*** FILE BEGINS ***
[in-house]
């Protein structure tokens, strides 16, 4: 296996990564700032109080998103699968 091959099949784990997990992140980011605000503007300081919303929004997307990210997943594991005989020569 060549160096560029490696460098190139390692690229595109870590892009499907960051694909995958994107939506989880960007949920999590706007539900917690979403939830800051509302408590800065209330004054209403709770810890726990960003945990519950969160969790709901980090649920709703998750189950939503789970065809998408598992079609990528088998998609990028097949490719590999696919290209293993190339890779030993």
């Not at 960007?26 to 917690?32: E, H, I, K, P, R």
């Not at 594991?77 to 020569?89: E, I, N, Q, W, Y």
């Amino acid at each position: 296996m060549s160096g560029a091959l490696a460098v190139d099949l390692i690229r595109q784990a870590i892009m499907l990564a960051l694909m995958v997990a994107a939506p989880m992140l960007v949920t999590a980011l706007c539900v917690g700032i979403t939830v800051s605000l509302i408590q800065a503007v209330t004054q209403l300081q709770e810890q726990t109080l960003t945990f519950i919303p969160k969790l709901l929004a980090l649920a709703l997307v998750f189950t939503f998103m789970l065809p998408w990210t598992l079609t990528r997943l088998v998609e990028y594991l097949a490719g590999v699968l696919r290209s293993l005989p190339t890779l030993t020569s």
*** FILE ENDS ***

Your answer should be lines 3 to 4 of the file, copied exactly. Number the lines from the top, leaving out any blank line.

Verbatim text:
């Not at 960007?26 to 917690?32: E, H, I, K, P, R």
């Not at 594991?77 to 020569?89: E, I, N, Q, W, Y």